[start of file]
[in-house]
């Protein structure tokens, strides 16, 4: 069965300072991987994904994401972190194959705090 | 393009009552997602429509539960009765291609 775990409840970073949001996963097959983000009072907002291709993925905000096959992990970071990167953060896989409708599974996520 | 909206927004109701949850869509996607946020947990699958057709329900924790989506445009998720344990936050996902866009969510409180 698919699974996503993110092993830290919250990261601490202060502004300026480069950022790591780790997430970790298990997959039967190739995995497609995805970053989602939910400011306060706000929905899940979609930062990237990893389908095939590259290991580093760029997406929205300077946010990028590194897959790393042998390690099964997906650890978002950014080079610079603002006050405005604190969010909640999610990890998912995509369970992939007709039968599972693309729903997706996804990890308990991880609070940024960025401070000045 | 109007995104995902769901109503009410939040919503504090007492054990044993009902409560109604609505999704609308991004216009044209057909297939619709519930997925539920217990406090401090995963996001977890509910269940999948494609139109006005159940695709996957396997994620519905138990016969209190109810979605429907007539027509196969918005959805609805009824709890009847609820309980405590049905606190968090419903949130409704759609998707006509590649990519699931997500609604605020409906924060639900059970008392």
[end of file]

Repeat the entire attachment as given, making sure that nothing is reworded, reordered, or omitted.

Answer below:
[in-house]
């Protein structure tokens, strides 16, 4: 069965300072991987994904994401972190194959705090 | 393009009552997602429509539960009765291609 775990409840970073949001996963097959983000009072907002291709993925905000096959992990970071990167953060896989409708599974996520 | 909206927004109701949850869509996607946020947990699958057709329900924790989506445009998720344990936050996902866009969510409180 698919699974996503993110092993830290919250990261601490202060502004300026480069950022790591780790997430970790298990997959039967190739995995497609995805970053989602939910400011306060706000929905899940979609930062990237990893389908095939590259290991580093760029997406929205300077946010990028590194897959790393042998390690099964997906650890978002950014080079610079603002006050405005604190969010909640999610990890998912995509369970992939007709039968599972693309729903997706996804990890308990991880609070940024960025401070000045 | 109007995104995902769901109503009410939040919503504090007492054990044993009902409560109604609505999704609308991004216009044209057909297939619709519930997925539920217990406090401090995963996001977890509910269940999948494609139109006005159940695709996957396997994620519905138990016969209190109810979605429907007539027509196969918005959805609805009824709890009847609820309980405590049905606190968090419903949130409704759609998707006509590649990519699931997500609604605020409906924060639900059970008392």